Such fantastical characters, that can assume the appearance of and live as humans, love like humans, they basically can do everything we can do, and of course much more. Love the singing spells and chants, the rivalry between two factions and in this story a man, called by the wind to come and break a curse, one that the Tufa's themselves cannot. All is mysterious, with a hint of mountain splendor in the songs, the music and the dancing of the hills.

Enjoyable read. Here at Walmart.


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Yes—Save my other items for later. No—I want to keep shopping. Order by , and we can deliver your NextDay items by. In your cart, save the other item s for later in order to get NextDay delivery. We moved your item s to Saved for Later. Also, it was obvious that in this close-to-a-fairytale world, clear demarcations were needed between Good and Evil.

It was just that these demarcations became too stereotypical when the hillbilly element was over-emphasized. I suppose it comes down to many of the subtleties having been lost that were present in the first book. Bledsoe's debut Tufa book, The Hum and the Shiver, had a yearning, aching, grieving feeling, somewhat similar to Winter's Bone by Daniel Woodrell , that was lost in this second book, Wisp of a Thing. I do plan to read the next Tufa book, whose blurb sounds promising, and possibly continue after that.

I hope to rediscover some of the gritty magic from the The Hum and the Shiver, with far fewer of the things that annoyed me personally. Certain comments added at the asterisks. View all 3 comments. Jul 25, Jalilah rated it really liked it Shelves: urban-fantasy-and-pr. Not bad! I like this one much more than the first in the series The Hum and the Shiver.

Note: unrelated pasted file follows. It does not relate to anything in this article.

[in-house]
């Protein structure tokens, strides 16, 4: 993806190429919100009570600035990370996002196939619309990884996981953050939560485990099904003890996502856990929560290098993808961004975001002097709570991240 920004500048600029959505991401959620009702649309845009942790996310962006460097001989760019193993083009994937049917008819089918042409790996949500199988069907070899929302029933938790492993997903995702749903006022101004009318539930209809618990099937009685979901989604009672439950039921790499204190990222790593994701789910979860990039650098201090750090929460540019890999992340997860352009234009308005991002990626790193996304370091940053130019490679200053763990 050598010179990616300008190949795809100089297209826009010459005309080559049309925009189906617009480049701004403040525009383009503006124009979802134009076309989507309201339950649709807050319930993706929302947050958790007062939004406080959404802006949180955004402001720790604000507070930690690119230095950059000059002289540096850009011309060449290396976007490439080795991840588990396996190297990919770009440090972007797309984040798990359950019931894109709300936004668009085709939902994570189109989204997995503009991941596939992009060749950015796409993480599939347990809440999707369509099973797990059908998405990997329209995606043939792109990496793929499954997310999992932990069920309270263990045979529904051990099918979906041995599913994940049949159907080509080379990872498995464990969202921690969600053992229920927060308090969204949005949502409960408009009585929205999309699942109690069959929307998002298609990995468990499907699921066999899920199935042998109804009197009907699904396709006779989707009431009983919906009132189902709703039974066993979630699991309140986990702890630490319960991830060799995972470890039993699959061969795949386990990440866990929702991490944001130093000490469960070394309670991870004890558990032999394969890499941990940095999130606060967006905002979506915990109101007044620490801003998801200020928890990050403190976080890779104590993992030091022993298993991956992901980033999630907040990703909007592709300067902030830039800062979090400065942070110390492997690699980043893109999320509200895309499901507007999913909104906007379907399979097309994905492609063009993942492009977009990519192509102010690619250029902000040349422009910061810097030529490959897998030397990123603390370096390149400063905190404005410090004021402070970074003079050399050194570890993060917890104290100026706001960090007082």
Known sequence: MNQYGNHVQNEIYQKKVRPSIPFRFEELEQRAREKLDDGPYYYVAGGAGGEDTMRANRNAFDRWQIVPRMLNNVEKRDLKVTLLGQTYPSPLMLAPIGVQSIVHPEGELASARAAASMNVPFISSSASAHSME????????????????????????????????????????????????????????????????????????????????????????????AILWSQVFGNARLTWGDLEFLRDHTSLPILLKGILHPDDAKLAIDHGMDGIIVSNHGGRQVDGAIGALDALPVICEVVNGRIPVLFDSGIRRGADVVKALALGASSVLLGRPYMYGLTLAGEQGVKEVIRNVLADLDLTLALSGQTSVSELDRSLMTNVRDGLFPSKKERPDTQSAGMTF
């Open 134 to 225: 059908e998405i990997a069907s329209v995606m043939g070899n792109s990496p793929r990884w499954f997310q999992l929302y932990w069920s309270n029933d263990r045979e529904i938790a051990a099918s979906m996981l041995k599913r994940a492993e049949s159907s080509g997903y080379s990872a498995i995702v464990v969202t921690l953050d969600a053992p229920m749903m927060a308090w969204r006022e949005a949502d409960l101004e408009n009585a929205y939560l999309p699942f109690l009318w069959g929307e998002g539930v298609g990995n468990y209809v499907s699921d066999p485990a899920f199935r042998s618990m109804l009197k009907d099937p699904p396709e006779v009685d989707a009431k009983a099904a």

There are no romance type sex scenes. The setting is as all the Tuffa books in the Appalachian mountains and as always, music plays an important role. I'd recommend this to people who like Urban fantasy with a more artistic bend!

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Shelves: audiobook , fantasy , fantasy-contemporary , american-fantasy , urban-fantasy. I expected the second book in the Tufa series to continue Bronwyn's story, but in fact she barely makes more than a cameo. Rob Quillen is introduced to us as a Muggle outsider who comes to Cloud County on a strange sort of quest. The winner of an "America's Got Talent"-style reality show, his girlfriend died flying to his finale, and now Quillen is a very broody, angry, grieving musician with a streak of bad boy; I expected the second book in the Tufa series to continue Bronwyn's story, but in fact she barely makes more than a cameo.